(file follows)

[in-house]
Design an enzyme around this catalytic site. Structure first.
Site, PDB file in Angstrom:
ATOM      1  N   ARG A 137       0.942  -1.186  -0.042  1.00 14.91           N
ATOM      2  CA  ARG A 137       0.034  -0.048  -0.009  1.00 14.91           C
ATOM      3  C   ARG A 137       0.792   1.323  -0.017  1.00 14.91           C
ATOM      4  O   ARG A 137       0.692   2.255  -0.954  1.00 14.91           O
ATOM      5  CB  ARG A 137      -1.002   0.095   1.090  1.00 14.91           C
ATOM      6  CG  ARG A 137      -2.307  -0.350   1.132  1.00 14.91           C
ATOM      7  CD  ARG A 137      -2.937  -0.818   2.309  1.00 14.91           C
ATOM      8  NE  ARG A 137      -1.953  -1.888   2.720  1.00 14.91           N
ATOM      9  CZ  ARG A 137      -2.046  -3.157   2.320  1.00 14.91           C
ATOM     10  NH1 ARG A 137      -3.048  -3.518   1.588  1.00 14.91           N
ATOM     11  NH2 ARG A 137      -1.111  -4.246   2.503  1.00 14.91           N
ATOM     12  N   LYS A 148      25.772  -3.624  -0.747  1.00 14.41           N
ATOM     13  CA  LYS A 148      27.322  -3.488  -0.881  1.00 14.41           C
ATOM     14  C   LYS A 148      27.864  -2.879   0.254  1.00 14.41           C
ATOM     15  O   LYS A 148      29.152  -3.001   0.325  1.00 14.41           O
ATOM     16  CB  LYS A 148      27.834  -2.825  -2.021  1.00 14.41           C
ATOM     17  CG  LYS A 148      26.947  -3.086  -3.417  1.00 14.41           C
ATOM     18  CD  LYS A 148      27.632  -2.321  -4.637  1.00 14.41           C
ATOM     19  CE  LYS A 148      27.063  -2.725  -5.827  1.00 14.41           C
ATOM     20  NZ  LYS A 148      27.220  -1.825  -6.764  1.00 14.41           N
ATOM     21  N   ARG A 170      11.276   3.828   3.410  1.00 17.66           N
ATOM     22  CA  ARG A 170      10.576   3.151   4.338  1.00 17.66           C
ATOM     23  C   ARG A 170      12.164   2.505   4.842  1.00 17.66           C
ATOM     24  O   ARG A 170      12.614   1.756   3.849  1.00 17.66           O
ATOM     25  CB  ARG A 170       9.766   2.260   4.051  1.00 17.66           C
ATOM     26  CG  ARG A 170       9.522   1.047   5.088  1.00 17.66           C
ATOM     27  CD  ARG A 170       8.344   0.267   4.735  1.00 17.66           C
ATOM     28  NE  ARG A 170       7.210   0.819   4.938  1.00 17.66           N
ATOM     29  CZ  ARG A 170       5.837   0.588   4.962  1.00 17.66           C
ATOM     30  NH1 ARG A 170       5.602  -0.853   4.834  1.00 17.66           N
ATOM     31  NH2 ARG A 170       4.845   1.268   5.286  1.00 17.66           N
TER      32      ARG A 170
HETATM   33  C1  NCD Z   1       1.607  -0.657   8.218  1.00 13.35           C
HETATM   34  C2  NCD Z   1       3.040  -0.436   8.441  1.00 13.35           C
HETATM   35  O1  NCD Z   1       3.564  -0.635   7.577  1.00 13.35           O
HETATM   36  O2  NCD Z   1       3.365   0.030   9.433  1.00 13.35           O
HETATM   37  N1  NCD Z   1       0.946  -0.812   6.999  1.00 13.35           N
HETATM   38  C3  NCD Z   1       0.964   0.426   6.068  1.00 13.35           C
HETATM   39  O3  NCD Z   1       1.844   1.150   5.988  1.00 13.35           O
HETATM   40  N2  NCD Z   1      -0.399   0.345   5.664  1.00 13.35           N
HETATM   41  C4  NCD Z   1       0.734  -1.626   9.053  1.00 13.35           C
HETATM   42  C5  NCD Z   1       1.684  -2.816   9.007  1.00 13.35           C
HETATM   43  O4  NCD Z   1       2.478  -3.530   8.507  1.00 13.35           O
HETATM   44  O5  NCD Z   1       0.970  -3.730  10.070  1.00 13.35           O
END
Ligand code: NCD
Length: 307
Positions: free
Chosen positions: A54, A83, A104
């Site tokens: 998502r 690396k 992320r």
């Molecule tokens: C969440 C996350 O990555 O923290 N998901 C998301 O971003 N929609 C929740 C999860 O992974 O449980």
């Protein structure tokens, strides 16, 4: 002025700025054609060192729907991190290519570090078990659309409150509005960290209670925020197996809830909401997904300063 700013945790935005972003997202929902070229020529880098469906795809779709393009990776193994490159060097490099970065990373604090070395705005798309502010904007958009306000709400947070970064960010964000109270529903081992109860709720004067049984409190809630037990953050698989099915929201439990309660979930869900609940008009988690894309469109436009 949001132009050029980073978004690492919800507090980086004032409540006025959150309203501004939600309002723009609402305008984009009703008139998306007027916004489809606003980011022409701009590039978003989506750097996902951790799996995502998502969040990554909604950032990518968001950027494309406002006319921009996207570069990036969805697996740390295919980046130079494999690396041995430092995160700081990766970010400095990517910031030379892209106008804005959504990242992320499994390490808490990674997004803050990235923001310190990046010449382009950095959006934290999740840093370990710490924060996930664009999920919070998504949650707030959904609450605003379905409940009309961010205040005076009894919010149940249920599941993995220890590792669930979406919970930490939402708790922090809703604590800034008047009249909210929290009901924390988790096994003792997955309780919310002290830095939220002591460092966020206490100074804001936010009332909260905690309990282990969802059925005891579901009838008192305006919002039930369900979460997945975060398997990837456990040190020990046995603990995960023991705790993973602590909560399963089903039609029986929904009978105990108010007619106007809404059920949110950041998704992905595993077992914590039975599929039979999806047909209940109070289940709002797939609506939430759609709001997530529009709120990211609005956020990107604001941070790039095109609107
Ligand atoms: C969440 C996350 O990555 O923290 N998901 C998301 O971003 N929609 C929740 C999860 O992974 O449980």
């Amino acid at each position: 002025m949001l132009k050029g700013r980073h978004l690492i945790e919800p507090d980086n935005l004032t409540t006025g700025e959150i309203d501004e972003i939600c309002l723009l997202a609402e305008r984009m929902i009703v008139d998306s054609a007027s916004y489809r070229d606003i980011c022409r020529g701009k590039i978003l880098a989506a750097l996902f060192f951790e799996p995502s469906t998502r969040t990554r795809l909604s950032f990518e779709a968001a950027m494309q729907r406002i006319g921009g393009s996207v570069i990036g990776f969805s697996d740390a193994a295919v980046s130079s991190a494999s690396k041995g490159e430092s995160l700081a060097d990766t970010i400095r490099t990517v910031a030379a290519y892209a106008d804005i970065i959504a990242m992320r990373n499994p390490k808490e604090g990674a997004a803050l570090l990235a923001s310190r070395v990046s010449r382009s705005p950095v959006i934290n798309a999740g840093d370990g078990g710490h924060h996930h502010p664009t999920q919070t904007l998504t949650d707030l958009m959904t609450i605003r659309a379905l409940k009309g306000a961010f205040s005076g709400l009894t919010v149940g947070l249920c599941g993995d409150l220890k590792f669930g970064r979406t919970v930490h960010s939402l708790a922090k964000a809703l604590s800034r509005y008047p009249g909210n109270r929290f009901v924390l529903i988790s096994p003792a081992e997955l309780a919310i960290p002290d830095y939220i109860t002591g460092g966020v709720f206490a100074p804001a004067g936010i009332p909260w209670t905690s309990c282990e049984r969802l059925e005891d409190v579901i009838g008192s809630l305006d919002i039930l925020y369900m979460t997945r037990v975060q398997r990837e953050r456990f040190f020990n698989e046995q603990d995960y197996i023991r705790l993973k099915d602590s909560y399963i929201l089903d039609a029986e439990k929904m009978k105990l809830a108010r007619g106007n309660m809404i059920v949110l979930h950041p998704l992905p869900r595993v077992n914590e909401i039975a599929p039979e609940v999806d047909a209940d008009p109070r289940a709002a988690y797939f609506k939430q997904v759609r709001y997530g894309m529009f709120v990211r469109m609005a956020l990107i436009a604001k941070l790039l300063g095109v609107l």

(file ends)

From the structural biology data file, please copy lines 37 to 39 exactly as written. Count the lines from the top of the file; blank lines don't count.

HETATM   34  C2  NCD Z   1       3.040  -0.436   8.441  1.00 13.35           C
HETATM   35  O1  NCD Z   1       3.564  -0.635   7.577  1.00 13.35           O
HETATM   36  O2  NCD Z   1       3.365   0.030   9.433  1.00 13.35           O